Kevin Hogan on Body Language



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Body Language Analysis - Decoding the Misunderstood Signals

Kevin Hogan

Page 2

Men Touching Men

The United States is a most complex place to live as far as culture and body language.

Body Language Touch Thinking about Boot Camp has me thinking about playing cards at the end of the day.

If I'm playing cards and winning, guys in their 40's often initiate high fives when we pull winning hands. Guys in their 20's and 30's are more inclined to a fist bump. Old guys touch only their money.

At a card table, I prefer no one to be touching me...except maybe the girl who brings drinks.

At Influence: Boot Camp, I can touch and be touched. The same is true for family and friends. But in random moments...I prefer distance.

It turns out that this microcosm tends to be fairly representative of the nation as a whole.

The Touchy South

The South, within the context of a specific race, tends to be a high contact place to hang out, much like our national neighbor to the further south...Mexico.

The North East? Not so much.

The Midwest is more touchy and closer contact than the North East, but nothing by comparison to the South.

The black cultures, both African and African American (in the U.S.) tend to be touchers and communicate from very close distances.

People are xenophobic by nature.

Therefore, "fitting in," is pretty important when doing business or connecting with people around the world.

Decoding body language requires understanding what is normal. People from one country will think that wherever they land in another location is normal for the entire nation. That typically isn't the case.

Within the UK is ENGLAND which, for example, is in every way DIFFERENT from SCOTLAND.

Citizens of England and Scotland see themselves in contrast to each other as night and day. You wouldn't ever suggest the Scots are similar to those born and raised in London...even that they were born on the same planet...

A Mystery: It's fascinating that in MANY countries there is a "North/South" split within the specific nation. This is certainly true for understanding body language in the U.S.

Here's a strange fact: In many, many countries...North = less contact/closeness, South = more contact/closeness!

The first point of decoding the misunderstood dialects of body language is that there are dramatic differences in the meaning of how close someone is to you, what they gestured and how they use the stuff around them when compared to other groups in the same country!

Where else is this strange North/South divide when it comes to body language?

It tends to be true for nations as diverse as Germany, France, Italy, Spain, Croatia, Serbia and Switzerland...among others.

I've read lots of hypotheses as to why this is...none impress me as particularly assuring. It's just the way it is.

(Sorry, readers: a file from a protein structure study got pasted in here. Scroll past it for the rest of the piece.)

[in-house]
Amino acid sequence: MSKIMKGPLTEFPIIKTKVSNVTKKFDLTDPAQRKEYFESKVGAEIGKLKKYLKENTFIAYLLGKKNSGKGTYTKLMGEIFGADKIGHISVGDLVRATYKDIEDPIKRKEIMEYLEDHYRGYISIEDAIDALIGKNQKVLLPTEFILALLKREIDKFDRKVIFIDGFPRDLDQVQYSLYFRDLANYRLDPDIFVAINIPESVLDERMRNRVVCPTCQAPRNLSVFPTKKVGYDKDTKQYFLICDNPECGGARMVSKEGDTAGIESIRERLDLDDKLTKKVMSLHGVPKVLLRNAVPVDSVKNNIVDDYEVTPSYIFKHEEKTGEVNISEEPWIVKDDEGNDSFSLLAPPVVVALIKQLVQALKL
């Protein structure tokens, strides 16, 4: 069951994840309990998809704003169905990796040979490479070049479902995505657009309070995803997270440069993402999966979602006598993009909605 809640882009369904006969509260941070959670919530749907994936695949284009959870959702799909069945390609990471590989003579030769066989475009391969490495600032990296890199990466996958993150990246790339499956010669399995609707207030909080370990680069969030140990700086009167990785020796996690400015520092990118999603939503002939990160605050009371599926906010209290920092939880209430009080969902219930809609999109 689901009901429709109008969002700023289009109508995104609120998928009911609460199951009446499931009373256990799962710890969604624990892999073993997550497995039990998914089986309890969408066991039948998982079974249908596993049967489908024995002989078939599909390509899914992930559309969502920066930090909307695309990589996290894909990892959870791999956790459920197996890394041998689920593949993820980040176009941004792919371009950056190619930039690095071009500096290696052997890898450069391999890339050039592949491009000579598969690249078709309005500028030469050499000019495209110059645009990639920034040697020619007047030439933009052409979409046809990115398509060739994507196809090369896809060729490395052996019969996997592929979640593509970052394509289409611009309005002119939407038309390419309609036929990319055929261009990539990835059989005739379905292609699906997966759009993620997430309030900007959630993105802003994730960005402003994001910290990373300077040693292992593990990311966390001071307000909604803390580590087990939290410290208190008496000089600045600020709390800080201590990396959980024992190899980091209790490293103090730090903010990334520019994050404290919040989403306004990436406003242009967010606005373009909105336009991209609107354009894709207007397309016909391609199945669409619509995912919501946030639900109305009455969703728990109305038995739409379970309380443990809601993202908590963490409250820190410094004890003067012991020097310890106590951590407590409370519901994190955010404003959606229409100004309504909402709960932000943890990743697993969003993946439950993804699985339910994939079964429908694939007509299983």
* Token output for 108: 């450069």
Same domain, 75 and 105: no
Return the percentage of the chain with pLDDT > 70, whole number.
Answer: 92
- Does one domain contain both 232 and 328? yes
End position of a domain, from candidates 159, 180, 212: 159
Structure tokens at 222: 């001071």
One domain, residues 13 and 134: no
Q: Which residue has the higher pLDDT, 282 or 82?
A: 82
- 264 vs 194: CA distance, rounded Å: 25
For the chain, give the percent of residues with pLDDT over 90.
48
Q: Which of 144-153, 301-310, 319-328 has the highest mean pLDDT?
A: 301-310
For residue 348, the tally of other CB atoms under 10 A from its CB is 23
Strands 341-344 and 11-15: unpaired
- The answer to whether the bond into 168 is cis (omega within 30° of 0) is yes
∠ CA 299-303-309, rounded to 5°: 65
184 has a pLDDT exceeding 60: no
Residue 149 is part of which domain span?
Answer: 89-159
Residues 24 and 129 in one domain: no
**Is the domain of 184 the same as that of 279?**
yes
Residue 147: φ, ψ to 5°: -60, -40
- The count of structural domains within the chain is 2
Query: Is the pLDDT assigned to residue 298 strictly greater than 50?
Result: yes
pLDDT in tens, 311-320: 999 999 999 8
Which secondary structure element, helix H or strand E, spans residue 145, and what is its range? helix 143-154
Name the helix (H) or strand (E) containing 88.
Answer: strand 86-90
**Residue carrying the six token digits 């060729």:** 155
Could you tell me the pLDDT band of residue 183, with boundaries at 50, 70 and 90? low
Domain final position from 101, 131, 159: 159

Body Language And Identity

ONE FACTOR that does seem pretty stable in determining whether you ought to be more inclined to keep your distance and avoid touch vs. hugging a leader/authority figure of any kind, in any context, is cultural identity.

Collectivist Cultures vs. Individualist Cultures

Collectivist cultures, where the group (not the individual) is predominant, particularly people from Japan and China, there tends to be very little touching at all outside of the home. It's rather ironic considering the massively crowded cities both of these nations boast.

Collectivists think in terms of "we" and you'd be wise to mirror that in communication AND body language, especially gestures. To not be part of a group is not something that will lead to good relations in Asia.

One of the most fascinating pieces of recent historical footage you can watch is The Beatles at Budokon. 1965. This slice of music history gives us insight into culture as well.

The stadium was eerily silent...offering the best sound of any Beatles live concert...and rather my Western eye and ear, being able to hear every note and lyric. Things have changed since the 60's to be sure. But by contrast to South America or Latin America, the places are worlds are apart.

Self-control, self-monitoring, self-discipline are all admired and virtually required characteristics in collectivist nations. Perhaps this is why, on average, Asians tend to do so well at everything in general and excel in life when immigrating to America.

Meanwhile, in individualistic cultures, like the U.S. the "I" is dominant. Here you tend to see more touching, noisier celebrations, less self-control.

Now you can begin to make some predictions about reading people and suggested behavioral strategy for yourself when you travel.

Fascinating cultural differences?

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Kevin Hogan
Network 3000 Publishing
16526 W. 78th St. #138
Eden Prairie, MN 55346
(612) 616-0732

Article photo on this page appears under license with istockphoto/Juanmonino.

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